1908 D Egen P01

Direct mail–phobic to newfound believer

Aug. 1, 2019
Dr. Kleinheinz went from equating marketing to a money pit to 87.5% more new patients and three new staff.
Joy Gendusa, Founder and CEO, PostcardMania

As an owner-dentist, what do you do when your office manager comes to you and basically says, “Hey, let’s spend a lot of money on this money pit . . . “?

If you can imagine that moment, then you can relate well to Jeffrey S. Kleinheinz, DDS, (aka Dr. K) and Jay Yuckel, the team in charge at Kleinheinz Dentistry in Charlotte, North Carolina. I sat down with both of them recently to discuss the marketing journey that took Dr. K from direct mail–phobic to newfound believer. (For full disclosure, Kleinheinz Dentistry is one of my clients.)

Flash back to the beginning of 2018, when the pair found themselves in this situation. Jay, Dr. K’s office manager since 2017, finally broached a “toxic” subject—direct mail. It was a marketing medium Dr. K did not look favorably upon. Here’s why: Jay had already convinced Dr. K months before, in late 2017, to give direct mail a shot, and it was a big ask. For most of his dental career, Dr. K had been a conservative marketer and (mostly) content business owner.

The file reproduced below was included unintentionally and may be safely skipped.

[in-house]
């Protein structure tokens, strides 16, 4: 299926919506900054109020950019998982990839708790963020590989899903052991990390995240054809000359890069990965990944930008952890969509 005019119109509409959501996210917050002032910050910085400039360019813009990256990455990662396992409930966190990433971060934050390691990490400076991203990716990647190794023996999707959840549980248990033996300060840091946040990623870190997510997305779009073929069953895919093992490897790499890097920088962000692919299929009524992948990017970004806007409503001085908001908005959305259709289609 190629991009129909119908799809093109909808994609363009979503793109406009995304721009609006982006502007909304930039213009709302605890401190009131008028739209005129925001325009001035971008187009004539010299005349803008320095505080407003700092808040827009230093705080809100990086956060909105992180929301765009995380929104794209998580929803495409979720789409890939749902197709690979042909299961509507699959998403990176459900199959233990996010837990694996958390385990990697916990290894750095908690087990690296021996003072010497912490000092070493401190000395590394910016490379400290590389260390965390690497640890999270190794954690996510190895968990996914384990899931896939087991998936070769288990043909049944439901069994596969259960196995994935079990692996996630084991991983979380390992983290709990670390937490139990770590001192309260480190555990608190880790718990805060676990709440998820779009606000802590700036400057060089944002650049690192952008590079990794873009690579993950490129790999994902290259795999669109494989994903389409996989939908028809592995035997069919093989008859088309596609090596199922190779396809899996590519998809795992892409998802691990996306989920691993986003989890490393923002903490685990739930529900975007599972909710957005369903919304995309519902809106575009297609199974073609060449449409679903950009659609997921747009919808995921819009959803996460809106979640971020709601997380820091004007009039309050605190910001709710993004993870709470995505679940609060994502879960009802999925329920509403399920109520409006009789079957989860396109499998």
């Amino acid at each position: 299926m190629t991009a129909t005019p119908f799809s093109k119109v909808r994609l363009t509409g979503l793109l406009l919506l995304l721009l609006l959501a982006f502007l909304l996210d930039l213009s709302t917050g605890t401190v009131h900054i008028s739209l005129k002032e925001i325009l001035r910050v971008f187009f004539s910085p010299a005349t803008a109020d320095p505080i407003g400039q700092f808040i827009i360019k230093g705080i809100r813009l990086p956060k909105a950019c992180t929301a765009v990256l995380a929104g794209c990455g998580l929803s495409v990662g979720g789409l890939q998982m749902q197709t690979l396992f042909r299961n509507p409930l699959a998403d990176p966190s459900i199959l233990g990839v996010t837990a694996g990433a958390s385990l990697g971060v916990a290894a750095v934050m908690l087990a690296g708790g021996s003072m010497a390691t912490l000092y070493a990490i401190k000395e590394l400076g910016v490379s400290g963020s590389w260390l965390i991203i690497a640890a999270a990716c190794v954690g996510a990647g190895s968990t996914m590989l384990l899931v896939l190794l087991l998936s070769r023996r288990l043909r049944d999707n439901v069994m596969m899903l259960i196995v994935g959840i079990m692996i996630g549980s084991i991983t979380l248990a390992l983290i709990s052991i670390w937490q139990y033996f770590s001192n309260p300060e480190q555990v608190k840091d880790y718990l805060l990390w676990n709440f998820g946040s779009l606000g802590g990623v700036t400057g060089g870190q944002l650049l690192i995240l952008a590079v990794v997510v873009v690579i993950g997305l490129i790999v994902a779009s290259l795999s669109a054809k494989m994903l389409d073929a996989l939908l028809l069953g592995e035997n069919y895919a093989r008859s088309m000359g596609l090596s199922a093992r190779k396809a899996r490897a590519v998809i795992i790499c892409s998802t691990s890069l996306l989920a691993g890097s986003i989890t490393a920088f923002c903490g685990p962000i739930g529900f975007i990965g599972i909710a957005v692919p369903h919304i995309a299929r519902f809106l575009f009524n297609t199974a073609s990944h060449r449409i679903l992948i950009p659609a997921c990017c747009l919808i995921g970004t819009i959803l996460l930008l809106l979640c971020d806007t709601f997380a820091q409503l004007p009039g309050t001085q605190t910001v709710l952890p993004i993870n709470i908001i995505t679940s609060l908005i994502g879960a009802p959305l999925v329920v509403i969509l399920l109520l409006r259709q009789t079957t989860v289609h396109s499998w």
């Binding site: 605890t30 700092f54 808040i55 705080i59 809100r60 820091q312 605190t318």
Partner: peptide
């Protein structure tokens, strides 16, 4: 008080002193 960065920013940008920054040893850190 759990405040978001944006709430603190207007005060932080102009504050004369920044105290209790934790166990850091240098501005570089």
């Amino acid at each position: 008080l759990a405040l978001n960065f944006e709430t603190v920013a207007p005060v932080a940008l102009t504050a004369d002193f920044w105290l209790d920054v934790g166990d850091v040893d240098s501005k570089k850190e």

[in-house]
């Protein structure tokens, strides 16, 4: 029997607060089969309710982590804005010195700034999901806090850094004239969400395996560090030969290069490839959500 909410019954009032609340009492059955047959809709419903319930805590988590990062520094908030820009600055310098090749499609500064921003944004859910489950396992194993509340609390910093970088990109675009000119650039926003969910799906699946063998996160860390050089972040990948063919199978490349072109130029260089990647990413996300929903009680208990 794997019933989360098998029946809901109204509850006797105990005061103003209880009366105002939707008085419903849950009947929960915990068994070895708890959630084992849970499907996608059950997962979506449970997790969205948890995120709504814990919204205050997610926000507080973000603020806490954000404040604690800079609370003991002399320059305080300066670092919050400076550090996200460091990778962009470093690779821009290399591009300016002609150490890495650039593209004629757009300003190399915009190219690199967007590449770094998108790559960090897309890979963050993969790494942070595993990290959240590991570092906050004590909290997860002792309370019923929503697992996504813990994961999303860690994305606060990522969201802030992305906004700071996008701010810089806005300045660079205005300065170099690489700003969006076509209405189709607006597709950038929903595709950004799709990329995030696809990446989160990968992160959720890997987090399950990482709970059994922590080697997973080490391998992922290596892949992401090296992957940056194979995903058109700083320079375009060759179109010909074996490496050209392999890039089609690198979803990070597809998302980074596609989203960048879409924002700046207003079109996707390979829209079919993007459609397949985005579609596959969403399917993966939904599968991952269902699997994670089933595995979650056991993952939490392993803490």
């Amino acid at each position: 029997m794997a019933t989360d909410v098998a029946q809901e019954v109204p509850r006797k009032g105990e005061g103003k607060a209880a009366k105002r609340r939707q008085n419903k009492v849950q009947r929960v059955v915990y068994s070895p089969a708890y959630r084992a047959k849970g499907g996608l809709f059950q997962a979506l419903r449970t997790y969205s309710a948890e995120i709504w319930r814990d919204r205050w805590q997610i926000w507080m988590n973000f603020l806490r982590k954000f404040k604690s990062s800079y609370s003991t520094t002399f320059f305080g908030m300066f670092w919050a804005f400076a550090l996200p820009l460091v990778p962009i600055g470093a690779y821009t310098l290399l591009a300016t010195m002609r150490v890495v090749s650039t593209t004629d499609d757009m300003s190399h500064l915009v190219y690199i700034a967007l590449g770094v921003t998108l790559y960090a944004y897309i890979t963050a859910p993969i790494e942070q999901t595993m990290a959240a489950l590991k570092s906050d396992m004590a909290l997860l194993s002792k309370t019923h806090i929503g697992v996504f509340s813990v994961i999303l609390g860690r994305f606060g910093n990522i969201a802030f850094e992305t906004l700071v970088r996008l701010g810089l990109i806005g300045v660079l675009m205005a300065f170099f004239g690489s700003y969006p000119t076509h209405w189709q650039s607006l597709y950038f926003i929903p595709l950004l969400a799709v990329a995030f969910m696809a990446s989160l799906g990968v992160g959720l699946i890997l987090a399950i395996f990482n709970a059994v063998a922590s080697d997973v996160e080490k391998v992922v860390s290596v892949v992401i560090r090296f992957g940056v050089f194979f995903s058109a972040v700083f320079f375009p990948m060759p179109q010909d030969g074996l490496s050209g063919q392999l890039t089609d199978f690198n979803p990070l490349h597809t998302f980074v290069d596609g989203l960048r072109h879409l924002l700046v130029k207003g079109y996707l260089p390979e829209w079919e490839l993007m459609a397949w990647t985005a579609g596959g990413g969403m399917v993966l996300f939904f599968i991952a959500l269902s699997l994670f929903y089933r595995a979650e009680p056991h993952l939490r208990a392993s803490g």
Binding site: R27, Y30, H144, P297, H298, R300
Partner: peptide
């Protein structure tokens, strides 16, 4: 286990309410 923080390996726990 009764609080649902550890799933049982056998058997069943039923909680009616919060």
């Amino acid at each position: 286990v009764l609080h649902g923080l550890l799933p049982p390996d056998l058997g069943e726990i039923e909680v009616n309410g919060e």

Dr. K: “The practice started pretty much from scratch in 2000, and we had just been kind of humming along. Revenue started to go flat or decline for three or four years, maybe five years, so in September of 2016, I started looking at consultants and started marketing and changing some of the things we did. I thought, ‘At my age, one more kick in the ass with a consultant and maybe we can really move the needle and change something.’”

A big change came in early 2017 with the arrival of Jay, who had racked up 15 years of experience in practice management. With a previous employer, she had taken the team from just three staff (herself, the dentist, and a dental assistant) to 22 staff and two locations.

Jay: “I’d definitely had experience with what marketing could do. Postcards, word of mouth, a good reputation, being involved in the community—they’re all really impactful for a practice.”